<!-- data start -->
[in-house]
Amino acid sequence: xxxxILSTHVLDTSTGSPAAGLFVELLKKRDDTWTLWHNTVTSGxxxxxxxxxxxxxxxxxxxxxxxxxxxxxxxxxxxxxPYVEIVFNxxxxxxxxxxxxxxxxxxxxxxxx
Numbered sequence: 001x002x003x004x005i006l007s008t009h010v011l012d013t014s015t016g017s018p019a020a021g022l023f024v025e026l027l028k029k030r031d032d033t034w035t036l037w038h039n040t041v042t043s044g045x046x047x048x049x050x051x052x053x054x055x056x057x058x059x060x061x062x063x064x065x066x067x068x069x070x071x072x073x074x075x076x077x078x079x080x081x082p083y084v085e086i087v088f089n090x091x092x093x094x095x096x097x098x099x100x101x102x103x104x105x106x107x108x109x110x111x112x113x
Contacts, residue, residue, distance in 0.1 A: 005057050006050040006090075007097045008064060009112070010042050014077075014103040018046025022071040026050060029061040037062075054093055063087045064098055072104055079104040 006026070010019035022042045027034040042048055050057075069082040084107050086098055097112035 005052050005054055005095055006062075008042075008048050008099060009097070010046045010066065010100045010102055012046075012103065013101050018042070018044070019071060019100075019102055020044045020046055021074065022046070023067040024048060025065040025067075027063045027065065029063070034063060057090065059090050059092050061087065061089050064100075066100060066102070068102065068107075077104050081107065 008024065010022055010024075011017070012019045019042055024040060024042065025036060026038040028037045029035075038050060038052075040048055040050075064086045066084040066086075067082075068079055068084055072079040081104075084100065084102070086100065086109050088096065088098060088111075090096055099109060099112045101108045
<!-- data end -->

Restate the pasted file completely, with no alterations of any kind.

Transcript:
[in-house]
Amino acid sequence: xxxxILSTHVLDTSTGSPAAGLFVELLKKRDDTWTLWHNTVTSGxxxxxxxxxxxxxxxxxxxxxxxxxxxxxxxxxxxxxPYVEIVFNxxxxxxxxxxxxxxxxxxxxxxxx
Numbered sequence: 001x002x003x004x005i006l007s008t009h010v011l012d013t014s015t016g017s018p019a020a021g022l023f024v025e026l027l028k029k030r031d032d033t034w035t036l037w038h039n040t041v042t043s044g045x046x047x048x049x050x051x052x053x054x055x056x057x058x059x060x061x062x063x064x065x066x067x068x069x070x071x072x073x074x075x076x077x078x079x080x081x082p083y084v085e086i087v088f089n090x091x092x093x094x095x096x097x098x099x100x101x102x103x104x105x106x107x108x109x110x111x112x113x
Contacts, residue, residue, distance in 0.1 A: 005057050006050040006090075007097045008064060009112070010042050014077075014103040018046025022071040026050060029061040037062075054093055063087045064098055072104055079104040 006026070010019035022042045027034040042048055050057075069082040084107050086098055097112035 005052050005054055005095055006062075008042075008048050008099060009097070010046045010066065010100045010102055012046075012103065013101050018042070018044070019071060019100075019102055020044045020046055021074065022046070023067040024048060025065040025067075027063045027065065029063070034063060057090065059090050059092050061087065061089050064100075066100060066102070068102065068107075077104050081107065 008024065010022055010024075011017070012019045019042055024040060024042065025036060026038040028037045029035075038050060038052075040048055040050075064086045066084040066086075067082075068079055068084055072079040081104075084100065084102070086100065086109050088096065088098060088111075090096055099109060099112045101108045